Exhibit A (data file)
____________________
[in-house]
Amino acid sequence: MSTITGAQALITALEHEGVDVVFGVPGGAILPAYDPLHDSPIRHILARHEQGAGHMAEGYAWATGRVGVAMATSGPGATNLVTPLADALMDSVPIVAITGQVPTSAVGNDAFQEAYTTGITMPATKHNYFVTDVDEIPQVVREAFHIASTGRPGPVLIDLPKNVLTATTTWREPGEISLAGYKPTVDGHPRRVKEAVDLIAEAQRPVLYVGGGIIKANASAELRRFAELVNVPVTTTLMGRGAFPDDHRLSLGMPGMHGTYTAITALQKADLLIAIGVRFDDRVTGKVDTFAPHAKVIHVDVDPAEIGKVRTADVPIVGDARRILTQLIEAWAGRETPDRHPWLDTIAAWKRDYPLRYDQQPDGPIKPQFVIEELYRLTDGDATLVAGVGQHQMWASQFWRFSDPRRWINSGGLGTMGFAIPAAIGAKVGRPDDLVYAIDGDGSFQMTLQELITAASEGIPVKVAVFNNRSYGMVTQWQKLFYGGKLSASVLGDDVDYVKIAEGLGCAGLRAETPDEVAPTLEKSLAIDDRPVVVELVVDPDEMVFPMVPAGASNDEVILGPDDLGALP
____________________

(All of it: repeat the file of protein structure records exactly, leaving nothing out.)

[in-house]
Amino acid sequence: MSTITGAQALITALEHEGVDVVFGVPGGAILPAYDPLHDSPIRHILARHEQGAGHMAEGYAWATGRVGVAMATSGPGATNLVTPLADALMDSVPIVAITGQVPTSAVGNDAFQEAYTTGITMPATKHNYFVTDVDEIPQVVREAFHIASTGRPGPVLIDLPKNVLTATTTWREPGEISLAGYKPTVDGHPRRVKEAVDLIAEAQRPVLYVGGGIIKANASAELRRFAELVNVPVTTTLMGRGAFPDDHRLSLGMPGMHGTYTAITALQKADLLIAIGVRFDDRVTGKVDTFAPHAKVIHVDVDPAEIGKVRTADVPIVGDARRILTQLIEAWAGRETPDRHPWLDTIAAWKRDYPLRYDQQPDGPIKPQFVIEELYRLTDGDATLVAGVGQHQMWASQFWRFSDPRRWINSGGLGTMGFAIPAAIGAKVGRPDDLVYAIDGDGSFQMTLQELITAASEGIPVKVAVFNNRSYGMVTQWQKLFYGGKLSASVLGDDVDYVKIAEGLGCAGLRAETPDEVAPTLEKSLAIDDRPVVVELVVDPDEMVFPMVPAGASNDEVILGPDDLGALP